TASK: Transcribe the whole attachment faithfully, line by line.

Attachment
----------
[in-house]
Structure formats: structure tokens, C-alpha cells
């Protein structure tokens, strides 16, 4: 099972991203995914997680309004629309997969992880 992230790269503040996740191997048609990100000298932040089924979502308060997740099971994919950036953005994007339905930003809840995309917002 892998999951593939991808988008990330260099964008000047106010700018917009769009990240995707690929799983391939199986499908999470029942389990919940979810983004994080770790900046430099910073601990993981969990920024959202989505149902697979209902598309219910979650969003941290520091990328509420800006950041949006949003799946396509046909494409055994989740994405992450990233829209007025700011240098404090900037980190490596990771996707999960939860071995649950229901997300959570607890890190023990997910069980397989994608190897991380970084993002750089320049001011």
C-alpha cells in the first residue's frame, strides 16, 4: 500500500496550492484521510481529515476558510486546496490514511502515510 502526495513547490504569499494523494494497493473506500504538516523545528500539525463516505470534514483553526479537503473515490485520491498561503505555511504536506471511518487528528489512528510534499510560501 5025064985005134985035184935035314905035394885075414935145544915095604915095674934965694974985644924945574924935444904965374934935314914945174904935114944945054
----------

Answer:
[in-house]
Structure formats: structure tokens, C-alpha cells
């Protein structure tokens, strides 16, 4: 099972991203995914997680309004629309997969992880 992230790269503040996740191997048609990100000298932040089924979502308060997740099971994919950036953005994007339905930003809840995309917002 892998999951593939991808988008990330260099964008000047106010700018917009769009990240995707690929799983391939199986499908999470029942389990919940979810983004994080770790900046430099910073601990993981969990920024959202989505149902697979209902598309219910979650969003941290520091990328509420800006950041949006949003799946396509046909494409055994989740994405992450990233829209007025700011240098404090900037980190490596990771996707999960939860071995649950229901997300959570607890890190023990997910069980397989994608190897991380970084993002750089320049001011």
C-alpha cells in the first residue's frame, strides 16, 4: 500500500496550492484521510481529515476558510486546496490514511502515510 502526495513547490504569499494523494494497493473506500504538516523545528500539525463516505470534514483553526479537503473515490485520491498561503505555511504536506471511518487528528489512528510534499510560501 5025064985005134985035184935035314905035394885075414935145544915095604915095674934965694974985644924945574924935444904965374934935314914945174904935114944945054